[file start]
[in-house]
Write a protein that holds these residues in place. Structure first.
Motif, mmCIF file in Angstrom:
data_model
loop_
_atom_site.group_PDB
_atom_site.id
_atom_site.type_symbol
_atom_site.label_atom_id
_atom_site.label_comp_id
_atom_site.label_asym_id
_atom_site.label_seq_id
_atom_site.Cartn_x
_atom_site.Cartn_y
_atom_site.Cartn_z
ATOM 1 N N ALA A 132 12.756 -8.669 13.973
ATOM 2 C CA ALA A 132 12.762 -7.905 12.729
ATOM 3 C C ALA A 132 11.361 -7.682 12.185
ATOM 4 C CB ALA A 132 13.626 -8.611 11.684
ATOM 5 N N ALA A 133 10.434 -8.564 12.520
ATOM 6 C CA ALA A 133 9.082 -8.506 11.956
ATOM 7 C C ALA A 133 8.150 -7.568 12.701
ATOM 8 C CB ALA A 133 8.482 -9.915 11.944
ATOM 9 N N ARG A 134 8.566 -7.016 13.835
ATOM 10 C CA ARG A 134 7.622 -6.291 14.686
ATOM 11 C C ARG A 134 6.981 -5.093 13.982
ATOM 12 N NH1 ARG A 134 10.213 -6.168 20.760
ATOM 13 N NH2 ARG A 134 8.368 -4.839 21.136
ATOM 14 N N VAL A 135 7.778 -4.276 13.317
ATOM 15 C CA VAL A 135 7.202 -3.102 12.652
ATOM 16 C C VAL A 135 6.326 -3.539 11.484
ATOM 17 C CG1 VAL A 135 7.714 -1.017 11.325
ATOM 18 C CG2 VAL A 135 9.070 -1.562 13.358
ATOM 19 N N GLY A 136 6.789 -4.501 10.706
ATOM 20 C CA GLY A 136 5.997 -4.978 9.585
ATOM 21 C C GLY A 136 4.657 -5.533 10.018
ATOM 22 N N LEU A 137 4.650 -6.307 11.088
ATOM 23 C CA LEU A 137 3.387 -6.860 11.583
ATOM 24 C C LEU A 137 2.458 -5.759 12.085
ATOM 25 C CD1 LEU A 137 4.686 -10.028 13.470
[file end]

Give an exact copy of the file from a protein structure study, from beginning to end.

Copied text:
[in-house]
Write a protein that holds these residues in place. Structure first.
Motif, mmCIF file in Angstrom:
data_model
loop_
_atom_site.group_PDB
_atom_site.id
_atom_site.type_symbol
_atom_site.label_atom_id
_atom_site.label_comp_id
_atom_site.label_asym_id
_atom_site.label_seq_id
_atom_site.Cartn_x
_atom_site.Cartn_y
_atom_site.Cartn_z
ATOM 1 N N ALA A 132 12.756 -8.669 13.973
ATOM 2 C CA ALA A 132 12.762 -7.905 12.729
ATOM 3 C C ALA A 132 11.361 -7.682 12.185
ATOM 4 C CB ALA A 132 13.626 -8.611 11.684
ATOM 5 N N ALA A 133 10.434 -8.564 12.520
ATOM 6 C CA ALA A 133 9.082 -8.506 11.956
ATOM 7 C C ALA A 133 8.150 -7.568 12.701
ATOM 8 C CB ALA A 133 8.482 -9.915 11.944
ATOM 9 N N ARG A 134 8.566 -7.016 13.835
ATOM 10 C CA ARG A 134 7.622 -6.291 14.686
ATOM 11 C C ARG A 134 6.981 -5.093 13.982
ATOM 12 N NH1 ARG A 134 10.213 -6.168 20.760
ATOM 13 N NH2 ARG A 134 8.368 -4.839 21.136
ATOM 14 N N VAL A 135 7.778 -4.276 13.317
ATOM 15 C CA VAL A 135 7.202 -3.102 12.652
ATOM 16 C C VAL A 135 6.326 -3.539 11.484
ATOM 17 C CG1 VAL A 135 7.714 -1.017 11.325
ATOM 18 C CG2 VAL A 135 9.070 -1.562 13.358
ATOM 19 N N GLY A 136 6.789 -4.501 10.706
ATOM 20 C CA GLY A 136 5.997 -4.978 9.585
ATOM 21 C C GLY A 136 4.657 -5.533 10.018
ATOM 22 N N LEU A 137 4.650 -6.307 11.088
ATOM 23 C CA LEU A 137 3.387 -6.860 11.583
ATOM 24 C C LEU A 137 2.458 -5.759 12.085
ATOM 25 C CD1 LEU A 137 4.686 -10.028 13.470